By The Associated Press
BIRMINGHAM, Ala. — The Alabama fan accused of poisoning his rival school’s famous trees said on a Birmingham radio show that he is going to get what he deserves and that he just has “too much ‘Bama in me.”
Harvey Updyke Jr., accused of poisoning the oak trees at Auburn’s Toomer’s Corner, went on Paul Finebaum’s show on Thursday, the same outlet he used in January to confess.
“I just don’t want it to be my legacy,” Updyke told Finebaum. “I don’t want to go to my grave saying, ‘Harvey the tree poisoner.’ I think in my life I’ve done a lot of good things, and undoubtedly that wasn’t one of them.”
Police have said the Updyke, 62, has admitted making the previous call to the radio station, while denying that he was the one who poisoned the century-old trees. The oaks stand on a corner long used for Auburn celebrations.
Updyke appeared in court Wednesday for a preliminary hearing. Shortly after leaving, he told police, he was attacked at a gas station. Opelika police said they have no witnesses or suspects.
Updyke said he doesn’t blame Auburn fans for being mad at him, but ended his second appearance on the show the same way he did the first, by declaring “Roll Damn Tide.” He expressed remorse for what he’s done — to Alabama.
“I have hurt the University of Alabama, I know I have,” he said. “And that’s the last thing I wanted to do. It started out as a prank and they’re talking about putting me in prison for poisoning the water table. It’s nowhere near to the end.”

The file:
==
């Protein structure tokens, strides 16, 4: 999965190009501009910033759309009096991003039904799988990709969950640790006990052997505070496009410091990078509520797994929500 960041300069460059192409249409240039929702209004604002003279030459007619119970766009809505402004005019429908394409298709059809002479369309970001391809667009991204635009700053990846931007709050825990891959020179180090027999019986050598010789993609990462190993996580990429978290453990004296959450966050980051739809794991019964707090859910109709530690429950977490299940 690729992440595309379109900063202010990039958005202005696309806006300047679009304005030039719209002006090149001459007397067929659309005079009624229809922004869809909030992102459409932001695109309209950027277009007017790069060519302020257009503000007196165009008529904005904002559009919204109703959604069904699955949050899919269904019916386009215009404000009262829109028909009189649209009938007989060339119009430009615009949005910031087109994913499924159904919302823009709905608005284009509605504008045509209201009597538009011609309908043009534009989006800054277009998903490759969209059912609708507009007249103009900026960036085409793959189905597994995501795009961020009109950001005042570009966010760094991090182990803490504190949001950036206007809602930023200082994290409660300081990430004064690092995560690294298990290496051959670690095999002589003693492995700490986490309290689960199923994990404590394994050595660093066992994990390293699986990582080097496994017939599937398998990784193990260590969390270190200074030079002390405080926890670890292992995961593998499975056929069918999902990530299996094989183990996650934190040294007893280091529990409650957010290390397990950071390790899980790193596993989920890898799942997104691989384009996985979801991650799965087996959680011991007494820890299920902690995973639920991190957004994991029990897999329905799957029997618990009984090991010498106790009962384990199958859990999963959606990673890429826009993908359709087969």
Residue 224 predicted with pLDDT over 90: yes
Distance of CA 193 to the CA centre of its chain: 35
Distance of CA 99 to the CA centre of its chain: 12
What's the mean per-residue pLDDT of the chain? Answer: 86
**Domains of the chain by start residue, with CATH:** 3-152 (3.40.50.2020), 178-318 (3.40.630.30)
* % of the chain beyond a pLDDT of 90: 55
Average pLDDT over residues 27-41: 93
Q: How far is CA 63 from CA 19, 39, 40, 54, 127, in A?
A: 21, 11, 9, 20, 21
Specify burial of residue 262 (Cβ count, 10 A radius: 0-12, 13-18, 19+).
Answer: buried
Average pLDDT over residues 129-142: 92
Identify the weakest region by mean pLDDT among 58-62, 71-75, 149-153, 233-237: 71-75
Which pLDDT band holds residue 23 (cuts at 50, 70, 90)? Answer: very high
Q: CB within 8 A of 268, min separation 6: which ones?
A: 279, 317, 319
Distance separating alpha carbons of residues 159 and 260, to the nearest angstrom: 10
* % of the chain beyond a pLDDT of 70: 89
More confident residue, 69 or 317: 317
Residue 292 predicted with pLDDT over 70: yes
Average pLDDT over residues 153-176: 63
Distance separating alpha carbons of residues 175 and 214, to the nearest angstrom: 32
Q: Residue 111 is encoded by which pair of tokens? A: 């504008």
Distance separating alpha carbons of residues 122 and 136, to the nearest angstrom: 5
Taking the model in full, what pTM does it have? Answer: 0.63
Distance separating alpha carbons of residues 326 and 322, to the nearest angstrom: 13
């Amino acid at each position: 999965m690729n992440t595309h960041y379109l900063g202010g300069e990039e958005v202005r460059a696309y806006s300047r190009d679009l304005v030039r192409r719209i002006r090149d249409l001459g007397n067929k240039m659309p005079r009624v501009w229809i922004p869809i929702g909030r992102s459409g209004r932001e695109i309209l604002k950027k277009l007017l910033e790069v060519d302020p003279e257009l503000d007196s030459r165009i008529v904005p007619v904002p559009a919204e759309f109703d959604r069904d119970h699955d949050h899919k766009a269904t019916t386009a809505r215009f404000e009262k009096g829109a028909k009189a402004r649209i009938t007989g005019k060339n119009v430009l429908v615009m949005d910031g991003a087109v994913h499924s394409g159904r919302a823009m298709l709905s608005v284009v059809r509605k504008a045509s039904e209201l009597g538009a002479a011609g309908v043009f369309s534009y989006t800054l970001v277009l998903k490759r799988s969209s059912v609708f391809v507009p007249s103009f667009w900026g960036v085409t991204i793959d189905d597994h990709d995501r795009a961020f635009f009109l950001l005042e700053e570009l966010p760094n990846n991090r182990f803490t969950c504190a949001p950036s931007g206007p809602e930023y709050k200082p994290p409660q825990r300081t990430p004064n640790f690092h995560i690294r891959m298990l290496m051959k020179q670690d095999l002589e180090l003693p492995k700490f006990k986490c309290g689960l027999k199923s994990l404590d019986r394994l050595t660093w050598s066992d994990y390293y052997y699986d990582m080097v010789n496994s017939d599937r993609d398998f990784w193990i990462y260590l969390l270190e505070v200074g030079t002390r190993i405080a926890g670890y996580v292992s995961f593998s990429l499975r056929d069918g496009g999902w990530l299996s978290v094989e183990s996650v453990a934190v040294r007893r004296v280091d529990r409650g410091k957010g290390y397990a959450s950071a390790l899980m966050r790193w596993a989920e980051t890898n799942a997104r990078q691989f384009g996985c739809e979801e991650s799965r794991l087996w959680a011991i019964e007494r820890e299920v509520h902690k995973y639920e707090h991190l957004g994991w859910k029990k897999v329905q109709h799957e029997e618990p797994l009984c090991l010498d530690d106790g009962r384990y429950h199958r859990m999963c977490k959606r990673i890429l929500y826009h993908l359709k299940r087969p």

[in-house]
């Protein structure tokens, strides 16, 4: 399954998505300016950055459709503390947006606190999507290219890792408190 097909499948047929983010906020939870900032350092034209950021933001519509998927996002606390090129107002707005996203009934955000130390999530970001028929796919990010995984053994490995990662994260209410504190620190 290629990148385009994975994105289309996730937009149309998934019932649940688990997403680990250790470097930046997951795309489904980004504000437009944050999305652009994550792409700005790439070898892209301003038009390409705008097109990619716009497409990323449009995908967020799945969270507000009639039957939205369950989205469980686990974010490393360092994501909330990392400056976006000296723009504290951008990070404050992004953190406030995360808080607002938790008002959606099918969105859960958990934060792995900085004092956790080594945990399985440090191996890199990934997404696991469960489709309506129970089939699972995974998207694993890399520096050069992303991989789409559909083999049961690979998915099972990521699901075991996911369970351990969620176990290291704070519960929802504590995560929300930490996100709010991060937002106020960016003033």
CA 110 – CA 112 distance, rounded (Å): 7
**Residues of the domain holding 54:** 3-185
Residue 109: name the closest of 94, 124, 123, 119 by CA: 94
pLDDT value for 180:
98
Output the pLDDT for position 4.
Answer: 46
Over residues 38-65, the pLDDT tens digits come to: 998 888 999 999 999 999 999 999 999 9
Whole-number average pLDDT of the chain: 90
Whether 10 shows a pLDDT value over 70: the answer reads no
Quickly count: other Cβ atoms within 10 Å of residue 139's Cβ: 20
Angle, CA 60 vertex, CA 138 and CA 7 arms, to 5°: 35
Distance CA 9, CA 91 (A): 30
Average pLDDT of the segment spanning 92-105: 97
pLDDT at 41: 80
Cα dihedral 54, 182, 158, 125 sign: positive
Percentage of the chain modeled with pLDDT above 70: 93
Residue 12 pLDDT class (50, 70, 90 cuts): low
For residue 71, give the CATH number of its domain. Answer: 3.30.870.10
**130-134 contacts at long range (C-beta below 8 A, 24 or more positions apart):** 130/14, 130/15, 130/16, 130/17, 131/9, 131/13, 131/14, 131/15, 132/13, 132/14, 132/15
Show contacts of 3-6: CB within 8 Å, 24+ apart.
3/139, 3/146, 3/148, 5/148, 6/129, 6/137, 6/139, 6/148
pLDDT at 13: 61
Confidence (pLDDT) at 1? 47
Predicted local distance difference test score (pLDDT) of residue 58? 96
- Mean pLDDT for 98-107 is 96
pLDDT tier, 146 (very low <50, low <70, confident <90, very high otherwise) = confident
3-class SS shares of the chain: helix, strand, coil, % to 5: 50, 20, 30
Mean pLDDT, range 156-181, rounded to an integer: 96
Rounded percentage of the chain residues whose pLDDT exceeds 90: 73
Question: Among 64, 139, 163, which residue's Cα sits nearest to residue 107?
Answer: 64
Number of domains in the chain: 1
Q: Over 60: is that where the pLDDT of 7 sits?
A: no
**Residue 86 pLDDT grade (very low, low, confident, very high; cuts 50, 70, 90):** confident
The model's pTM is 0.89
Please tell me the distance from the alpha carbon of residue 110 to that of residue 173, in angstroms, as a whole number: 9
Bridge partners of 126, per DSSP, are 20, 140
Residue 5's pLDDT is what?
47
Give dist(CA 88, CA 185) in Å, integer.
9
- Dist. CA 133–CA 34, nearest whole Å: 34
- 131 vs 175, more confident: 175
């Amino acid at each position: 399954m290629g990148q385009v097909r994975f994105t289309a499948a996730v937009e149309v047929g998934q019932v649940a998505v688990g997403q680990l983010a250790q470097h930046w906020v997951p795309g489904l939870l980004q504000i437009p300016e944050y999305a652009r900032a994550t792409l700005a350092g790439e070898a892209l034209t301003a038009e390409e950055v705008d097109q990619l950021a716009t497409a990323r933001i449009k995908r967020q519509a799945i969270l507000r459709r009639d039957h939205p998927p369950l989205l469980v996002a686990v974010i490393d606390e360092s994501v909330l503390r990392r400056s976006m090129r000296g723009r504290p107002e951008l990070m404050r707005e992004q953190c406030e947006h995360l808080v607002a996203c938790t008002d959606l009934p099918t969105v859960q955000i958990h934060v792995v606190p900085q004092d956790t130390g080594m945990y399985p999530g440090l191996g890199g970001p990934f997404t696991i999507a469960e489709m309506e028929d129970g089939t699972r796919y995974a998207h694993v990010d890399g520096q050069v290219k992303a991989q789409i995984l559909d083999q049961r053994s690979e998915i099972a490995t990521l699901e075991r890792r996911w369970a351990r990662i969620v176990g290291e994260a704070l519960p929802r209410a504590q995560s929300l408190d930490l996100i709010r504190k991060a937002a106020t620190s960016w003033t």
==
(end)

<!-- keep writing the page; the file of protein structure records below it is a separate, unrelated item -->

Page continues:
He said he feared he’d never be able to attend another Alabama game.
Defense attorney Glennon Threatt Jr. also went on the show and said he expects federal charges to be filed against his client because a representative of the Environmental Protection Agency was in the courtroom Wednesday.
Threatt did not immediately return a call from The Associated Press seeking further comment.
Updyke used a famous Alabama play to talk about his feelings.
“If I was in Auburn’s place, I would be upset, too,” he said. “I just want to tell them that really and truly I’m not a bad person. I’m an Alabama fan. Tommy Lewis in the ’54 Cotton Bowl, he come off the bench and tackled the Rice player that was running down the field 20 yards in front of everybody else. They asked him later, ‘Tommy why’d you do it?’ He said, ‘I just had too much ‘Bama in me.’ All my life, people have told me I cared too much about Alabama.
“I know they (Auburn fans) don’t feel sorry for me. I’m going to get what I deserve, and I guess we’ll go from there.”
Updyke said he has gone from paying $300 a month to live in a lakeside home owned by a friend to paying $900 monthly rent elsewhere.
He also said his family has been devastated.
“I think everybody is a little more afraid than I am,” he said. ” I’m not worried about somebody hitting me or hurting me or shooting me or any of that kind of stuff, but everybody else is and it is taking a pretty good toll.”
He said he has grandchildren living in Texas and will have to miss birthdays because he can’t travel beyond Louisiana.
He also talked about being a former Texas state trooper.
“I have put other police officers in jail. We have to separate them. We don’t put them with the general population. I’m not crying. I know some people are going to say, ‘Listen at him. You should have thought of that before all this stuff’ … It’s going to be pretty rough.”
The tone of the appearance was different from the January call. Asked if he worried that poisoning the trees was against the law, Updyke responded: “Do you think I care? I really don’t.”